In contrast to this, the drilling jig 13 in FIG. 5 is supported on the shoulder 5 of the projection 30 and centers itself in the through-going bore 8 or in the threaded bore of the projection 30. With it, bores are possible in the direction of the longitudinal axis 4. A holder arm 28 enables the application and holding during the boring.
In the example of FIG. 4 the head 3 of the anchoring element 2 can be unscrewed. This enables the head 3 and the support shell 1 to be separated from an anchoring element 2 which has grown into the bone. A hollow bone screw with an outer thread 21 is shown in the form of a tubule 25 with apertures 22 which are intended to encourage the ingrowth of the bone tissue. The head 3 has an aperture 11 and blind sockets 26 for a rotary wrench (not shown here) which is hollow in order to be able to counter the torque acting when the head 3 is being released with a counter-torque applied by a second wrench inserted through the aperture 11 and engaging the tool socket 26a of the pin part 2. Due to the aperture 11 there is a second metallic seal in the form of a circular sealing edge 12 between the contact pressure generating screw 7 and the head 3.
In FIG. 7 a tibia platform 23 is provided with a central spigot 24 and a bore 29 for shafts of different lengths. Reinforcement ribs 32 lead to projections 30 from which bone screws 31 project which can be anchored at the projections 30 with a metallic seal in accordance with the preceding examples.
The examples shown here can also be used in principle as mounting systems for metallic bone plates in traumatology since the metallic seal produced can transmit large forces in regard to the transmission of bending torques from a plate-like element to pin-like elements anchored in the bone. This property, which makes the connection insensitive to bending moments in regard to the tightness of the seal, is necessarily also a good anchorage between a bone plate and a pin-like element such as, for example, a bone screw. An embodiment shown by FIGS. 3 and 6 can be used especially well in operation techniques in which a plate reinforcing a bone is pushed beneath the muscles and is connected to the bone at its ends by bone screws. The plastic deformation in the metallic seal likewise produces a form fit for a better transmission of the forces.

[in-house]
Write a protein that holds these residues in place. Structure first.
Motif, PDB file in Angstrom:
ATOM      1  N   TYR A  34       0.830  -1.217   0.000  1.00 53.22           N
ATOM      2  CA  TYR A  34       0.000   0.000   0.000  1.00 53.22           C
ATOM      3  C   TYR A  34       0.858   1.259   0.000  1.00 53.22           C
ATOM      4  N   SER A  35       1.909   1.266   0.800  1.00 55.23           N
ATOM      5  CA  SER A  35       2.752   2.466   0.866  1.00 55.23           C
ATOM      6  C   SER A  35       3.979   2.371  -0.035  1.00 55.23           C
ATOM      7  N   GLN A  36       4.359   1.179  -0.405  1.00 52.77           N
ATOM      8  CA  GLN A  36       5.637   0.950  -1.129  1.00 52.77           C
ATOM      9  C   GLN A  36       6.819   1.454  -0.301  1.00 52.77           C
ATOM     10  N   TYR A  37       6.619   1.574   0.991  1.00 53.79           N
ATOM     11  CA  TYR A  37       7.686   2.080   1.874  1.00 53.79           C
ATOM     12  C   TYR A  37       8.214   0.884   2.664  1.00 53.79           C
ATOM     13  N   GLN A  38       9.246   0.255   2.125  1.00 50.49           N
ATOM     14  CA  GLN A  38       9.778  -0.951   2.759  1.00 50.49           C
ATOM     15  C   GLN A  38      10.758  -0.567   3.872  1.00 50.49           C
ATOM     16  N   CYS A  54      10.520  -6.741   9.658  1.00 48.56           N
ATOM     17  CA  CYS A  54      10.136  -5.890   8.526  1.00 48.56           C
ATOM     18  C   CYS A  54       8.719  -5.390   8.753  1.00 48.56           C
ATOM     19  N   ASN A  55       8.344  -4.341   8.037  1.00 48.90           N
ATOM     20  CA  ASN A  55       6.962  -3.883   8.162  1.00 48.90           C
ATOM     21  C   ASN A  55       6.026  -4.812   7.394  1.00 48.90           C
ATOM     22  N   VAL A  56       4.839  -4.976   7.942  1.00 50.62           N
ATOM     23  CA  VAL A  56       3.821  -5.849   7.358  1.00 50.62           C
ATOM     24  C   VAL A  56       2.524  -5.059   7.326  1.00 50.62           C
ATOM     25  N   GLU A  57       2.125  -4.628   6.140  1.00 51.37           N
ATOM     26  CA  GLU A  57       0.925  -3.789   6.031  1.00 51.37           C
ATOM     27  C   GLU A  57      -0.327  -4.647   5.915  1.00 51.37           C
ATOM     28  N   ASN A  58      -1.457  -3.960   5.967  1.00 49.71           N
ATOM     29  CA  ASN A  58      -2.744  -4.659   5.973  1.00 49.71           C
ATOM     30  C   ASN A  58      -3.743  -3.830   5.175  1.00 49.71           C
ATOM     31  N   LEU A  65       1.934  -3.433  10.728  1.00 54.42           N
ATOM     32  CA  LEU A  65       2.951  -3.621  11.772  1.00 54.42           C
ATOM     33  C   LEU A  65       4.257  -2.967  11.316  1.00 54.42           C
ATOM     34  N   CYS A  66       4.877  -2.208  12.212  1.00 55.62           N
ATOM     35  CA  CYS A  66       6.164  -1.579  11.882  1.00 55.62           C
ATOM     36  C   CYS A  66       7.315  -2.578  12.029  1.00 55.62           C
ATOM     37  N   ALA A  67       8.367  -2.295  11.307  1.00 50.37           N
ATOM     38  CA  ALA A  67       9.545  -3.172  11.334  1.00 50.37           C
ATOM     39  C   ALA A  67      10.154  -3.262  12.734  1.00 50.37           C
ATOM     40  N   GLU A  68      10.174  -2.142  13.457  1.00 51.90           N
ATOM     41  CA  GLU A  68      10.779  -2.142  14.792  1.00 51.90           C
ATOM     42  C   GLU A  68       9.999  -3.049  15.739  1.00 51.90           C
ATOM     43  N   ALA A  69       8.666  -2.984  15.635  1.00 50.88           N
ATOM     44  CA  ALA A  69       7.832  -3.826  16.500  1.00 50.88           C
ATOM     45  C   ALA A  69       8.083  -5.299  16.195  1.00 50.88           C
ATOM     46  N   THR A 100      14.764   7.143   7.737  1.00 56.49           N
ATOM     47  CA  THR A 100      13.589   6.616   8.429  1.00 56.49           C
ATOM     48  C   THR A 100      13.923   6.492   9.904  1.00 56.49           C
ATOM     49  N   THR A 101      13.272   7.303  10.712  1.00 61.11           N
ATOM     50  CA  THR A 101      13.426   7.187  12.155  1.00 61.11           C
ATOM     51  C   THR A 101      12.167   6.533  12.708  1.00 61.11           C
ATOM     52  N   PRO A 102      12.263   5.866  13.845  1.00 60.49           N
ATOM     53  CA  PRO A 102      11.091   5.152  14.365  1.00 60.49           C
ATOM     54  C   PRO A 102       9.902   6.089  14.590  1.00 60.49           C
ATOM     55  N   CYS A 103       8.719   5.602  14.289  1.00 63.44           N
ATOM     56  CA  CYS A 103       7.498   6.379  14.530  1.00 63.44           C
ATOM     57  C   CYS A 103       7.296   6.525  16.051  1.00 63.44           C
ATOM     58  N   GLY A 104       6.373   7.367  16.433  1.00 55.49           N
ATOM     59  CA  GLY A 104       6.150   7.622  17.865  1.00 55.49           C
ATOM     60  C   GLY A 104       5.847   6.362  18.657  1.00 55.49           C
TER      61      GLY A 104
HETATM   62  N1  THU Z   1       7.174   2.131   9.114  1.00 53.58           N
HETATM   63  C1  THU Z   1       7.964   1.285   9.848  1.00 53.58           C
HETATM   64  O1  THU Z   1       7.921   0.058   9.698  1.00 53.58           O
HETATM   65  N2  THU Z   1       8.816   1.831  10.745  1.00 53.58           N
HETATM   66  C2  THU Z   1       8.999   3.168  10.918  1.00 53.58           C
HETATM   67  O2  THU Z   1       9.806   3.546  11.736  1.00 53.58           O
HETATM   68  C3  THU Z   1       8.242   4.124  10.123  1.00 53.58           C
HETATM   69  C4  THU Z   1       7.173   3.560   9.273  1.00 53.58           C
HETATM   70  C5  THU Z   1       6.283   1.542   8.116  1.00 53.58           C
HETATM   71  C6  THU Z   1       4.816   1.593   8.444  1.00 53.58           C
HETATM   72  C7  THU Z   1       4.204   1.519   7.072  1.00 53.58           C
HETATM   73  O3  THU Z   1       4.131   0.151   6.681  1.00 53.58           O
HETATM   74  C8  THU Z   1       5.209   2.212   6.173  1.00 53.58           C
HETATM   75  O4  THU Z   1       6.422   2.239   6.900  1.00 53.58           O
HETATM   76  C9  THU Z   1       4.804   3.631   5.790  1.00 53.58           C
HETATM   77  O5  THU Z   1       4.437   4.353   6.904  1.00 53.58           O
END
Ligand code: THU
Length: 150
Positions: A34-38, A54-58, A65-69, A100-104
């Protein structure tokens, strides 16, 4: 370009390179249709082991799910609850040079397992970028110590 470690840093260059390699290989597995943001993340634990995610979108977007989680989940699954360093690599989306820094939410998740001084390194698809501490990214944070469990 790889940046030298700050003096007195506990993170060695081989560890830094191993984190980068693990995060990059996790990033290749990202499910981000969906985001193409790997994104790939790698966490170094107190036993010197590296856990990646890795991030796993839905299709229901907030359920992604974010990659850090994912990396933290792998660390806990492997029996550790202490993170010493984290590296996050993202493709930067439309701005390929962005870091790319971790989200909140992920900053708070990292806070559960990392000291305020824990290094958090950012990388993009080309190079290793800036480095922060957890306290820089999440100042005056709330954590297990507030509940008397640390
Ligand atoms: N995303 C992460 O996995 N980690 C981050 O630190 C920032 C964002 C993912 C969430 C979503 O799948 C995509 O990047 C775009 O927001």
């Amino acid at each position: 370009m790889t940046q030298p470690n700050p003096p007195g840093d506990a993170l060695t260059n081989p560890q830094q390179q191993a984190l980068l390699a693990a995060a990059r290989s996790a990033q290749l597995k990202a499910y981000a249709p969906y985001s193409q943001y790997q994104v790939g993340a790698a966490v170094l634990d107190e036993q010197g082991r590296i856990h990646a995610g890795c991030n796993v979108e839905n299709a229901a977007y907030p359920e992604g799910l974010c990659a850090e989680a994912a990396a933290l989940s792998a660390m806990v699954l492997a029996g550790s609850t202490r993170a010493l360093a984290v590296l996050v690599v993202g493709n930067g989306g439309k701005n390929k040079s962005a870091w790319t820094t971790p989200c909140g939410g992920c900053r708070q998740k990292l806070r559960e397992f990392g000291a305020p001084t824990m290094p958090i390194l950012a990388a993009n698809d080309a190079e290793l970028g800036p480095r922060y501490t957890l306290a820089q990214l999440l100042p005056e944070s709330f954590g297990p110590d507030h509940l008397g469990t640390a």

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|U.S. Classification||623/18.11, 606/304, 606/306, 623/20.35, 606/323|
|International Classification||A61B17/80, A61F2/40, A61F2/34, A61F2/30, A61B17/17, A61F2/46, A61F2/00, A61F2/38, A61B17/86|
|Cooperative Classification||A61F2002/30217, A61F2002/3085, A61B17/8042, A61F2230/0067, A61F2002/30405, A61F2002/4638, A61F2/4081, A61F2002/30884, A61F2002/464, A61B17/17, A61F2002/30593, A61F2002/30224, A61F2002/30235, A61F2002/30589, A61F2002/30507, A61F2/30721, A61F2002/30892, A61F2220/0025, A61F2002/30682, A61F2002/30477, A61F2/389, A61B17/86, A61F2002/30774, A61F2/30744, A61F2310/00011, A61F2230/0069, A61F2002/3412, A61B17/1728, A61F2/30749, A61F2002/30485, A61F2002/30795, A61F2002/30787|
|European Classification||A61F2/30B10, A61B17/17, A61F2/30B, A61F2/30B9, A61F2/38T, A61B17/80D4|
|Aug 7, 1998||AS||Assignment|
Owner name: SULZER ORTHOPAEDIE AG, SWITZERLAND
Free format text: ASSIGNMENT OF ASSIGNORS INTEREST;ASSIGNORS:SUTTER, FRANZ;JAKOB, ROLAND P.;ADAM, MICHAEL;AND OTHERS;REEL/FRAME:009369/0840;SIGNING DATES FROM 19980403 TO 19980529
|Mar 4, 2004||REMI||Maintenance fee reminder mailed|
|Aug 16, 2004||LAPS||Lapse for failure to pay maintenance fees|
|Oct 12, 2004||FP||Expired due to failure to pay maintenance fee|
Effective date: 20040815